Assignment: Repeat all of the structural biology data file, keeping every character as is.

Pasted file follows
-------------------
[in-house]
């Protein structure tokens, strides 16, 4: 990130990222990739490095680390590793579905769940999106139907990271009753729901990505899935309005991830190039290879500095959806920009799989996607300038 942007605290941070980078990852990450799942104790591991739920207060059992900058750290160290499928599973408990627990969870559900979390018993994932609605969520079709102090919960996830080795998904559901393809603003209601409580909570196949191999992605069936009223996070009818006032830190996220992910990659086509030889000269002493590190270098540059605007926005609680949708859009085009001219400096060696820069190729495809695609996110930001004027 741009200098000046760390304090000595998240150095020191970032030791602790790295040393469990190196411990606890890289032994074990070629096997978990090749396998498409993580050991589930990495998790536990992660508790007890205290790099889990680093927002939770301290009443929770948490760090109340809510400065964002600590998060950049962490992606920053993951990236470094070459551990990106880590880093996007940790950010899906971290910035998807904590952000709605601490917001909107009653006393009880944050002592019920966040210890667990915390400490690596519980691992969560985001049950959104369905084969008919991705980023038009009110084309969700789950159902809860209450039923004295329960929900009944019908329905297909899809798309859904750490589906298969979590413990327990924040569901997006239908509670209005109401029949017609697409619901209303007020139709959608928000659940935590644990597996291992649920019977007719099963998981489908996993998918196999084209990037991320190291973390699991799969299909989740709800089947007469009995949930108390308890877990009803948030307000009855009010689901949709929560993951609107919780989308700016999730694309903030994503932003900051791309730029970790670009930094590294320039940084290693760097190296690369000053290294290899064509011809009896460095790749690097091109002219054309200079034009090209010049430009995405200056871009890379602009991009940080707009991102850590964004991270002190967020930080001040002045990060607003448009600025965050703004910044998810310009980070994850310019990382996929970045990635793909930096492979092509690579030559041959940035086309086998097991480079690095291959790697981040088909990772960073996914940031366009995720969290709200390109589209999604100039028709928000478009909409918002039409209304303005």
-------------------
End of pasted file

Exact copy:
[in-house]
């Protein structure tokens, strides 16, 4: 990130990222990739490095680390590793579905769940999106139907990271009753729901990505899935309005991830190039290879500095959806920009799989996607300038 942007605290941070980078990852990450799942104790591991739920207060059992900058750290160290499928599973408990627990969870559900979390018993994932609605969520079709102090919960996830080795998904559901393809603003209601409580909570196949191999992605069936009223996070009818006032830190996220992910990659086509030889000269002493590190270098540059605007926005609680949708859009085009001219400096060696820069190729495809695609996110930001004027 741009200098000046760390304090000595998240150095020191970032030791602790790295040393469990190196411990606890890289032994074990070629096997978990090749396998498409993580050991589930990495998790536990992660508790007890205290790099889990680093927002939770301290009443929770948490760090109340809510400065964002600590998060950049962490992606920053993951990236470094070459551990990106880590880093996007940790950010899906971290910035998807904590952000709605601490917001909107009653006393009880944050002592019920966040210890667990915390400490690596519980691992969560985001049950959104369905084969008919991705980023038009009110084309969700789950159902809860209450039923004295329960929900009944019908329905297909899809798309859904750490589906298969979590413990327990924040569901997006239908509670209005109401029949017609697409619901209303007020139709959608928000659940935590644990597996291992649920019977007719099963998981489908996993998918196999084209990037991320190291973390699991799969299909989740709800089947007469009995949930108390308890877990009803948030307000009855009010689901949709929560993951609107919780989308700016999730694309903030994503932003900051791309730029970790670009930094590294320039940084290693760097190296690369000053290294290899064509011809009896460095790749690097091109002219054309200079034009090209010049430009995405200056871009890379602009991009940080707009991102850590964004991270002190967020930080001040002045990060607003448009600025965050703004910044998810310009980070994850310019990382996929970045990635793909930096492979092509690579030559041959940035086309086998097991480079690095291959790697981040088909990772960073996914940031366009995720969290709200390109589209999604100039028709928000478009909409918002039409209304303005």